Becky Mann // Nursing Excellence
As a children’s hospital nurse, Becky Mann closely followed the care of her mother, Jane Anson. They lived in Eaton, and worked with a primary care physician at Eaton Family Care Center as well as Pulmonologist Dr. Dana Reihman for her mother’s Chronic Obstructive Pulmonary Disease (COPD). But there came a time when Becky and her mother needed to make a decision. Jane’s doctor recommended Hospice to keep her “stabilized and out of the hospital”.
“As a nurse, I know families have loved ones in and out of the hospital emergency room,” Becky said. “I knew I didn’t want that to happen to my mom.”
Becky also knew the cost associated with hospital stays and ER visits. She was certain Hospice care would keep her mother more comfortable and also relieve the financial burden.
Jane and Becky had a difficult conversation. Hospice did not mean Jane would die the next day. It meant she had an end of life illness. They decided to call Reid to begin care, and decided on assisted living to have a back-up generator for her oxygen. Jane wanted to stay in assisted living the remainder of her life. The Hospice team “knew this desire and did what they could to make it happen,” Becky said.
“Marj Denlinger, Cathy Hale and Pat Williams (Registered Nurses) did so much about managing her illness,” said Becky. “Instead of carting her off to the hospital, they could do labs and X-rays in her assisted living home.”
“She developed a real bond with Marj,” Becky’s husband, Russ, added. “They were buds.” They appreciated Elayne Toney, Patient Care Tech (PCT), for her regular visits and helping Jane bathe.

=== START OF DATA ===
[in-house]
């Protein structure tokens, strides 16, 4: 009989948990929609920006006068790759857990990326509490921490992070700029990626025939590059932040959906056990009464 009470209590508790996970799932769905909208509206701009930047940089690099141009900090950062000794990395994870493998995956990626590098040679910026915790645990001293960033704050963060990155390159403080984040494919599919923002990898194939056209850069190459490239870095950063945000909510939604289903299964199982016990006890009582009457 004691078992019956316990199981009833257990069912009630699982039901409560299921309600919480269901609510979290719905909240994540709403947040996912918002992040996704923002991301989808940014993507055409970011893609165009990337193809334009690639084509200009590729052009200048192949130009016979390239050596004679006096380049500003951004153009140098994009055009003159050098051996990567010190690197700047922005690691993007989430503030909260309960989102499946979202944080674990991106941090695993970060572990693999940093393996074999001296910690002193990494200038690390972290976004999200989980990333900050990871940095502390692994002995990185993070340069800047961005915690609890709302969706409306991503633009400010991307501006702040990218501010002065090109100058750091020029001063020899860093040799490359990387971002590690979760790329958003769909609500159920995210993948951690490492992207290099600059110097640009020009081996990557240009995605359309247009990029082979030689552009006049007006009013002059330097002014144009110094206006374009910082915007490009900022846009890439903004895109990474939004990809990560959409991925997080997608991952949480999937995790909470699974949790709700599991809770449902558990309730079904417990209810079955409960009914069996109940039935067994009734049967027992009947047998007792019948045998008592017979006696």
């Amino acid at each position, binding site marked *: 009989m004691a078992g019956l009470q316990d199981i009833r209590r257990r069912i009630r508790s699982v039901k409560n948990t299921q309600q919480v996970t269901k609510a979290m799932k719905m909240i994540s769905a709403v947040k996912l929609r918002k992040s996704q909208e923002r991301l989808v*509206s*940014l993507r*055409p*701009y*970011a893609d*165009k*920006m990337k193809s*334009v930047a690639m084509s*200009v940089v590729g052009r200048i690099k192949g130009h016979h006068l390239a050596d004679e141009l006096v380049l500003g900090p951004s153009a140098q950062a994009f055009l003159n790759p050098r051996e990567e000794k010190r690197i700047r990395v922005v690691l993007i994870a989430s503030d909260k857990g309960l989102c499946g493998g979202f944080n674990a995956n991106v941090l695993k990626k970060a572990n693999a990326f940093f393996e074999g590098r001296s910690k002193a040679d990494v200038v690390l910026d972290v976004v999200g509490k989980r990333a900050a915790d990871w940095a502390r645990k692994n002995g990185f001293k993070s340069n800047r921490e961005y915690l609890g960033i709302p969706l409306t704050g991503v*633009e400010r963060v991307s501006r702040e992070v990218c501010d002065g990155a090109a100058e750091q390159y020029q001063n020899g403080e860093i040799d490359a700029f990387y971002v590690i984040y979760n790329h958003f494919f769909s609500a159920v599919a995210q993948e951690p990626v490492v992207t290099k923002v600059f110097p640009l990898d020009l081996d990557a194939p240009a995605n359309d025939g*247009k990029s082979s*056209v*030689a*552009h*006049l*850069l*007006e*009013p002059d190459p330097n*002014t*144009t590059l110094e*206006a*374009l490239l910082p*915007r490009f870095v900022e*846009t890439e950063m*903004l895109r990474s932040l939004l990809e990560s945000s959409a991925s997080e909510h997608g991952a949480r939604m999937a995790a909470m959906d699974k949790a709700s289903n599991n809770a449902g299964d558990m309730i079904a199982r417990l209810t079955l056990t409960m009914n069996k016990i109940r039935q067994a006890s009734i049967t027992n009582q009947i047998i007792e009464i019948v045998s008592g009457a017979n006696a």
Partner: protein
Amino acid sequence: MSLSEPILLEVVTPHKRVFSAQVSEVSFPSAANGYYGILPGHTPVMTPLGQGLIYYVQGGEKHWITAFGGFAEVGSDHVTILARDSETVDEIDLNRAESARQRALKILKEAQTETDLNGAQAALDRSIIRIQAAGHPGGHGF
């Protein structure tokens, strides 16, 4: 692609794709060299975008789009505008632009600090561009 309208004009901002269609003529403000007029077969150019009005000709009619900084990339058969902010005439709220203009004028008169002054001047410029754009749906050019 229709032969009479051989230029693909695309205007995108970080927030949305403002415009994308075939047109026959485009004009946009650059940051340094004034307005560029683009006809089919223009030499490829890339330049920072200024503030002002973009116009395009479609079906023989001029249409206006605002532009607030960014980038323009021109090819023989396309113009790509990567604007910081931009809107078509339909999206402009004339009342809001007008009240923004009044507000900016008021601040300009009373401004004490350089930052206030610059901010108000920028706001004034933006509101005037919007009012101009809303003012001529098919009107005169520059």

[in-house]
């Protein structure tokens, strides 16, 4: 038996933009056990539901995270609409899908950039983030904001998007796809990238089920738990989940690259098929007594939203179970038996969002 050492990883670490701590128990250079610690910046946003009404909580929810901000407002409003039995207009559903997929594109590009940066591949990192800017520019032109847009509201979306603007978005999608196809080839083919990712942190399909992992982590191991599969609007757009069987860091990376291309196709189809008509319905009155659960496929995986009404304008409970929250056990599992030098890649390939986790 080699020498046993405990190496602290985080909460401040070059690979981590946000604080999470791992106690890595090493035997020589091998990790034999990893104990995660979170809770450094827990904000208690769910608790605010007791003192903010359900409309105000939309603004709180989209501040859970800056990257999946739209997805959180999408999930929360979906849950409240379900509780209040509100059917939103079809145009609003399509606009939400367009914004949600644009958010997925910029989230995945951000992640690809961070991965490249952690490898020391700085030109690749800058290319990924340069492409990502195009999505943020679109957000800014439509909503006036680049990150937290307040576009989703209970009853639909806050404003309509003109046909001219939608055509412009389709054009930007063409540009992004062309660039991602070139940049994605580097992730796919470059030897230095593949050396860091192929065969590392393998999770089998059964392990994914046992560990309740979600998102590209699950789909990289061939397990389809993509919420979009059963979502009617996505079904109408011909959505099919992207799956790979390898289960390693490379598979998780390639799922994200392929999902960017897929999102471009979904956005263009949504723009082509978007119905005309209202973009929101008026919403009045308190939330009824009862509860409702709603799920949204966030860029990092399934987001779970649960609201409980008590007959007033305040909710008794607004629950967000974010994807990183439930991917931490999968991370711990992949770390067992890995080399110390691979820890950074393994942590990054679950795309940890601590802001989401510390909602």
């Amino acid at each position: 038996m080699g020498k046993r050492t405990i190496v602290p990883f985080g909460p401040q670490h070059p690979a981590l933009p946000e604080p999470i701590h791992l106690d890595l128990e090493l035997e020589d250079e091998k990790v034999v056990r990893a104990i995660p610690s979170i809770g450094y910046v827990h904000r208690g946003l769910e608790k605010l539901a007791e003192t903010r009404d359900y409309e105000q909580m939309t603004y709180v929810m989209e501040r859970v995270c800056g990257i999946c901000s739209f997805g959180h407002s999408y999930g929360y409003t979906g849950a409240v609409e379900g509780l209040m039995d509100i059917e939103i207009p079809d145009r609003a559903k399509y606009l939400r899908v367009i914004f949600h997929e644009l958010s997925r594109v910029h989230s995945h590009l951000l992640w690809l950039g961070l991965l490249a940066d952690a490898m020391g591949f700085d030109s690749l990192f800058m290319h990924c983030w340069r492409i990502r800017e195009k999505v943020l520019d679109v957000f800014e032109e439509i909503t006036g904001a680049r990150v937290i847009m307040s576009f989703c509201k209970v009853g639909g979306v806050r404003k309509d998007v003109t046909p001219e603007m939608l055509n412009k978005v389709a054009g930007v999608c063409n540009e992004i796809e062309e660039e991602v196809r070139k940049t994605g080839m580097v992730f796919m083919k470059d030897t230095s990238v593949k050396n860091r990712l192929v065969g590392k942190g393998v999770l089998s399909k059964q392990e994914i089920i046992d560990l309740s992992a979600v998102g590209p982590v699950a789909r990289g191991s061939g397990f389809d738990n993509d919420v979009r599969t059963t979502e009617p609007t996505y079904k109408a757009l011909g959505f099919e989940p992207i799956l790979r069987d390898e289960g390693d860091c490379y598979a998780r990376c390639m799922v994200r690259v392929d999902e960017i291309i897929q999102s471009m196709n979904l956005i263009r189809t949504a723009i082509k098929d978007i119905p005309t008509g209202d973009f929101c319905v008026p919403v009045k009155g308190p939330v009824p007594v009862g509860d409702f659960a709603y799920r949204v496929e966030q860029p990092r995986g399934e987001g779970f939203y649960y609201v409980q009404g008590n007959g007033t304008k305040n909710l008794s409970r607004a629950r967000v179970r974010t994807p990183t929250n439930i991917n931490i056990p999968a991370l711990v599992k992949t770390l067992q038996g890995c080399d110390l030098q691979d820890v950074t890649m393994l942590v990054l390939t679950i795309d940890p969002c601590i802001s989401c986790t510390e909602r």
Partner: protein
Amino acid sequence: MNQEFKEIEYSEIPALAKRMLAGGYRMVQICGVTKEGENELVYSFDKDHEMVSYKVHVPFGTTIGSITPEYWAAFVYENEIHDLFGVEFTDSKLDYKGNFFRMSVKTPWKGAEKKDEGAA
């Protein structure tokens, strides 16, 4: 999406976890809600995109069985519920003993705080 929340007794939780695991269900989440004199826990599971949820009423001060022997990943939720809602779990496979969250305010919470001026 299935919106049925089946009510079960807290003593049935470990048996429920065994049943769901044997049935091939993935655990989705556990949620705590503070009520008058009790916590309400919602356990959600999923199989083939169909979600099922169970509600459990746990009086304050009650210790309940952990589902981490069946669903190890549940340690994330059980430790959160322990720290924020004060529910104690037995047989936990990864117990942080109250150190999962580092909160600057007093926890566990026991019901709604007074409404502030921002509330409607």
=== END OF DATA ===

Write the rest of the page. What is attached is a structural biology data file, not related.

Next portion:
Because of Hospice, Jane was able to continue doing the things she enjoyed even in assisted living. She got dressed with her jewelry every day. Her friends came to her for their 50-year bridge club tradition. She could go on an occasional ride to her favorite place, a bridge at Fort Saint Clair, where her husband proposed to her. Community and family were her life.
Although Becky continued to work, she stayed connected with the nurses through a notepad, where they would write notes back and forth. “I couldn’t have done it without them,” Becky said. “Here I am a nurse, but I couldn’t’ regulate her meds.” Becky’s nursing experience was completely different in the children’s hospital than what Jane needed. “Marj’s expertise was great.”
After a long life and extended nursing care through Hospice, Jane passed away at the age of 89. She was comfortable in her own assisted living home.
“Hospice prolonged her life,” Russ said. Becky added, “Without a doubt, it gave me more time with my mom.”
The Nursing Excellence fund provides our staff with continuing education and necessary equipment to best serve patients throughout Reid’s services, whether inpatient, specialty care or hospice. Supporting our clinical staff gives patients the best experience and the best outcomes.